The Department for Work and Pensions (DWP) has issued its response to the consultation on the exemption of certain categories of worker from the scope of automatic enrolment. While the DWP considered a range of potential exemptions, it has decided that exemptions are only appropriate in a limited number of situations. In most cases, the DWP’s view is that the right for members to opt out after having been automatically enrolled in a pension scheme was the most suitable option for all other workers who do not wish to remain in pension saving.
The DWP has confirmed its intention to exclude the following categories of person from the scope of the auto-enrolment regime.
Tax protected status
Individuals with tax protected status for existing pension savings, such as fixed or enhanced protection, will not have to be auto-enrolled. Automatically enrolling such individuals into a pension scheme means that they could lose their tax protection or face significant tax charges if they do not opt out of the scheme within the one month opt-out period.
The difficulty with this exclusion is how an employer will know whether an employee has tax protection. It is likely therefore that the exemption will be framed to apply only where the employer is aware of an employee’s tax protected status, with the onus on the employee to make his employer aware.
Jobholders leaving employment
Employees who have handed in their notice or are under notice of dismissal are to be excluded if their period of notice spans their automatic enrolment (or re-enrolment) date.
The exemption is likely to be permissive only, so will allow employers to continue with the auto-enrolment of leavers where this is easier from an administrative point of view, for example, where the payroll system would not easily allow such individuals to be identified and excluded from the auto-enrolment process.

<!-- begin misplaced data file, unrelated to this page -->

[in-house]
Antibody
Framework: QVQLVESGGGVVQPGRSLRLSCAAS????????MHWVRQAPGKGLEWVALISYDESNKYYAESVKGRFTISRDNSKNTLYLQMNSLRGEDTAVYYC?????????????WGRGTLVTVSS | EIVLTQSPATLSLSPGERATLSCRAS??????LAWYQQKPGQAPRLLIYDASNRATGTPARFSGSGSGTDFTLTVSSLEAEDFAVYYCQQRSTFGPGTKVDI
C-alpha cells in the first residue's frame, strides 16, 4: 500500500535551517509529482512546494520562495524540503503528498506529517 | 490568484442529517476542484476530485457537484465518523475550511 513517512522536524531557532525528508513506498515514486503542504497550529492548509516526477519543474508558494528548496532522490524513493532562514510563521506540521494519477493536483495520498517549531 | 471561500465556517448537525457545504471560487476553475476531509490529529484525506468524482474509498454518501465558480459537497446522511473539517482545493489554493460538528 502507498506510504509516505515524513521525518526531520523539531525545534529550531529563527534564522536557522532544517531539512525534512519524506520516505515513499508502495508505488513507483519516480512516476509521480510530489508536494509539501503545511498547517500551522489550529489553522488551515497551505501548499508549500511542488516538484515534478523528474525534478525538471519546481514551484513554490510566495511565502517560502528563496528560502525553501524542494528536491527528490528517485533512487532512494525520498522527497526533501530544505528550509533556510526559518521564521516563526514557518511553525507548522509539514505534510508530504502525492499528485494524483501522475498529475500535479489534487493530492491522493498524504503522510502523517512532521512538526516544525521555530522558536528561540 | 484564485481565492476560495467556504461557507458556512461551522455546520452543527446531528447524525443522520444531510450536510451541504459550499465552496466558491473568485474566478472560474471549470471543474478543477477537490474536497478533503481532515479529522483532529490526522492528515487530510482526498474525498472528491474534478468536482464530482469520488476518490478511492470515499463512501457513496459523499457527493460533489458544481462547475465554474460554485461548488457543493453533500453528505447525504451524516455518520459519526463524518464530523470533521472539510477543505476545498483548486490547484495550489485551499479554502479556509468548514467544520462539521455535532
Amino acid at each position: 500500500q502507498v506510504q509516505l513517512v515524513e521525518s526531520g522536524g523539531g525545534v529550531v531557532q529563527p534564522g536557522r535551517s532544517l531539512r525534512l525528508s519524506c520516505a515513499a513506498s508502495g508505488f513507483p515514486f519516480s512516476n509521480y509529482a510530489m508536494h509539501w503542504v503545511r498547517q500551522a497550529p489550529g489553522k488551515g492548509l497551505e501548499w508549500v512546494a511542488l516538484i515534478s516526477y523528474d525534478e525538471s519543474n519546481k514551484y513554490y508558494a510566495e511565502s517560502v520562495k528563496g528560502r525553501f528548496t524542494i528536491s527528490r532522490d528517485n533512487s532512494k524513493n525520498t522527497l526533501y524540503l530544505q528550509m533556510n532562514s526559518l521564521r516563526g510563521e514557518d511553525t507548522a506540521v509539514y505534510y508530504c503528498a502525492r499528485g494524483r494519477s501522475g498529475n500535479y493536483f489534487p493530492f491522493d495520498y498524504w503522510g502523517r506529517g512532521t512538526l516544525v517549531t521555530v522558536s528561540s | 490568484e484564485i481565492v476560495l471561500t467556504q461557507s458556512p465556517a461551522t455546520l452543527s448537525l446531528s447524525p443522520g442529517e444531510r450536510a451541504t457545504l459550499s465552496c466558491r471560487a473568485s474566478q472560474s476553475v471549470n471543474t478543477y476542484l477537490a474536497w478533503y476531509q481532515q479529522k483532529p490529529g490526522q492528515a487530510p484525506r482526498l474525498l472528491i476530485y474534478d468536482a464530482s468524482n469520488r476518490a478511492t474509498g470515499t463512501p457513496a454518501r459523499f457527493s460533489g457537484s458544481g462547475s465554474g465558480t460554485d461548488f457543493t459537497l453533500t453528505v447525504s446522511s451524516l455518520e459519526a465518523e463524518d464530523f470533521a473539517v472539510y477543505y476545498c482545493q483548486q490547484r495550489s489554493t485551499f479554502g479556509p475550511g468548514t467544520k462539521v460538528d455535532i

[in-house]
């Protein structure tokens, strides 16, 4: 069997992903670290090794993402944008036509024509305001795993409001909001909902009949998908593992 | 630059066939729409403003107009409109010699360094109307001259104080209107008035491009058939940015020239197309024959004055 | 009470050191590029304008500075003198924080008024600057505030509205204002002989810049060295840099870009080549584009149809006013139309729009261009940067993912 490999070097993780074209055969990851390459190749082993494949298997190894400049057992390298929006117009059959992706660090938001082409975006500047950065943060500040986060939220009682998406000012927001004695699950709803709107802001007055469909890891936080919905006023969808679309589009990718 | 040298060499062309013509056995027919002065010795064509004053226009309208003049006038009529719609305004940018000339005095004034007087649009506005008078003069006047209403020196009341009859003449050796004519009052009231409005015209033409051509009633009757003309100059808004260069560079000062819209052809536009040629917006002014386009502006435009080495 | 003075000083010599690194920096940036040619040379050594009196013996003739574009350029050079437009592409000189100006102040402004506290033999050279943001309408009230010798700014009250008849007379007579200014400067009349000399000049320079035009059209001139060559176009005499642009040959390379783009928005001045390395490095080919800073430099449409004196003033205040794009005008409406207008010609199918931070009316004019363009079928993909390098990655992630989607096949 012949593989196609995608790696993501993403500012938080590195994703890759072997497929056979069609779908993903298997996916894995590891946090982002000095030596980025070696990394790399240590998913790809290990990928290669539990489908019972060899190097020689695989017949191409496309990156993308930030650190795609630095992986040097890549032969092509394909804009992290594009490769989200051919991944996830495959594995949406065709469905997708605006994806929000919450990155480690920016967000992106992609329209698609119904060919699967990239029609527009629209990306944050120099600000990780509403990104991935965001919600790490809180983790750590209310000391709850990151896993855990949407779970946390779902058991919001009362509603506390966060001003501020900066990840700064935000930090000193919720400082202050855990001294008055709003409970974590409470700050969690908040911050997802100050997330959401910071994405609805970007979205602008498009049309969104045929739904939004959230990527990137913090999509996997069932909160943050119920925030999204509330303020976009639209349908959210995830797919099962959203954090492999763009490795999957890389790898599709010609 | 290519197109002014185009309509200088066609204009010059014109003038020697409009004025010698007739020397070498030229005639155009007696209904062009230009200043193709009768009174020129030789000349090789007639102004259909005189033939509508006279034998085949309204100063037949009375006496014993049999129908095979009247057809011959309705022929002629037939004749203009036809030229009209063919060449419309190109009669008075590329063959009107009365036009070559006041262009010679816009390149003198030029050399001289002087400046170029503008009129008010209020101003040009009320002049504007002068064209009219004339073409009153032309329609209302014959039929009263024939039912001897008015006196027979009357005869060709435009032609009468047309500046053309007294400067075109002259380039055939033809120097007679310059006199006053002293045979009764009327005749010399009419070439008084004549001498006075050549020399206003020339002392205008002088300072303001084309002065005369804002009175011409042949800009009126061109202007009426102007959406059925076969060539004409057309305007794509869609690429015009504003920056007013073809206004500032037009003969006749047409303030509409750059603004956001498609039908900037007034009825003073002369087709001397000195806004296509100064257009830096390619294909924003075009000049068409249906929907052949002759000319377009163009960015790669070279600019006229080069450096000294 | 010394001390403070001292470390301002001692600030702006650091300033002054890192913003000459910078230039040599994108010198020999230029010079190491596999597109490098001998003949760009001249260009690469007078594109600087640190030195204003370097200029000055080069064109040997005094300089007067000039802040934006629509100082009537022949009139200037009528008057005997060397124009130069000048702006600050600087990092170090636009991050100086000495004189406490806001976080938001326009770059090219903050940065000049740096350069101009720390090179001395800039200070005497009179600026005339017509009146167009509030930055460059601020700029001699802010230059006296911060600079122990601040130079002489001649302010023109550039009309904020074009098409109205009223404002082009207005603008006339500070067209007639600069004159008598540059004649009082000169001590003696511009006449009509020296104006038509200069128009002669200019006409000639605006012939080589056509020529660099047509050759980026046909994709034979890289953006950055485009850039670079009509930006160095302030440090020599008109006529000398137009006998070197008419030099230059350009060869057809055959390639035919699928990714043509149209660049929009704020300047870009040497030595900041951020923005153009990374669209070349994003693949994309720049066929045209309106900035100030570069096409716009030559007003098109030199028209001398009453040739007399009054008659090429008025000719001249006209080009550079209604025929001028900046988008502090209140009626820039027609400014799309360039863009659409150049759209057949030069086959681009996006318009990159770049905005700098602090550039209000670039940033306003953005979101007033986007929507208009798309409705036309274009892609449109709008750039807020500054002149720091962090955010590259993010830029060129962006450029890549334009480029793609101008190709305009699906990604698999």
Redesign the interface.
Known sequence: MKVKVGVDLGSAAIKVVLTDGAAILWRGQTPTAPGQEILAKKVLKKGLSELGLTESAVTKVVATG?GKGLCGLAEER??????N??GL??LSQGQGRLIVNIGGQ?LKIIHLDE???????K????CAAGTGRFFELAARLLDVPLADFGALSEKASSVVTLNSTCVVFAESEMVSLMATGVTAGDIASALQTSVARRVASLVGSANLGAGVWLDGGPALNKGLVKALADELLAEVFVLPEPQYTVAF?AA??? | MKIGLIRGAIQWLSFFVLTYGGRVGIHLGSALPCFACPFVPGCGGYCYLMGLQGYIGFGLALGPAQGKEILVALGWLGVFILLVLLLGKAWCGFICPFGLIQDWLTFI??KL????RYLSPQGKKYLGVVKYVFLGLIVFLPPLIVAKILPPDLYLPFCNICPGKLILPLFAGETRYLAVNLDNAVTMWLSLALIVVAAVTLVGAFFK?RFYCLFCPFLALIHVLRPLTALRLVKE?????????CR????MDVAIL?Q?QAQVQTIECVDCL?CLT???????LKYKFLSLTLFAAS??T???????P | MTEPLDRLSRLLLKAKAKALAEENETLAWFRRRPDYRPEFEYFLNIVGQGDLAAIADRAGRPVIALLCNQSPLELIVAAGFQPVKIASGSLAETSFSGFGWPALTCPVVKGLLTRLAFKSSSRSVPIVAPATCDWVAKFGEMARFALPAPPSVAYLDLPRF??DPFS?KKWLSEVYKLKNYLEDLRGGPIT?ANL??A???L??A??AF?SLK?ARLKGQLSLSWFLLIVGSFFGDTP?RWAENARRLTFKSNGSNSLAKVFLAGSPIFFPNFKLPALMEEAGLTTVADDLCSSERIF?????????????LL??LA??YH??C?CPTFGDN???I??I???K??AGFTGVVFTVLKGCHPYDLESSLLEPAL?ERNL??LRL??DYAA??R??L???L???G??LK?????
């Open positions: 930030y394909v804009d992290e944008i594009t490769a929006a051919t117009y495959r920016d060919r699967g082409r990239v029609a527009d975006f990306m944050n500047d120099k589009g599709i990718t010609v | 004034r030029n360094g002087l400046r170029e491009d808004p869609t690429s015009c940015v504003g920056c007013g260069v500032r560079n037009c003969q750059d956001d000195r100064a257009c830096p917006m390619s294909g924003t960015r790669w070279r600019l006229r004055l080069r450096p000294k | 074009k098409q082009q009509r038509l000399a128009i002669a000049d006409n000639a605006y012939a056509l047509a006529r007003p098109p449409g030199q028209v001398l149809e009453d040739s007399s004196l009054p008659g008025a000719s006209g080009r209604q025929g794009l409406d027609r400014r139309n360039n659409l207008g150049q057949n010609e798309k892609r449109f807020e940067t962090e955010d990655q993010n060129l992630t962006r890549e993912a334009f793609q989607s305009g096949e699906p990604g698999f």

Individuals who have given notice of retirement
The intention is to exclude employees who have given notice of retirement if their notice period includes the automatic enrolment (or re-enrolment) date.
Some employers have chosen to contractually enrol all their workers into a pension scheme rather than enrolling only those who meet the auto-enrolment qualifying age and earnings criteria. When employees who have been contractually enrolled cancel their membership, they may still have to be automatically enrolled when they meet the auto-enrolment eligibility criteria even if they have only recently left the scheme.
The DWP has confirmed that, where an employer provides a pension scheme that is at least as good as the auto-enrolment minimum, the employer will not be forced to go through the auto-enrolment process almost immediately if the person chooses to cancel his membership after having been contractually enrolled in the scheme.
The proposed exemptions should give employers additional flexibility and reduce some of the administrative burden of the auto-enrolment process. From an employees’ perspective, it will avoid the need for opt-outs where it is not appropriate for the member to be enrolled for pension saving in the first place and, in the case of individuals with protected tax status, avoids the potentially very costly consequences of being automatically enrolled but failing to opt-out on time.
Full details of the exemptions will be revealed in due course in regulations, on which there will be a separate consultation, and we will update you on developments.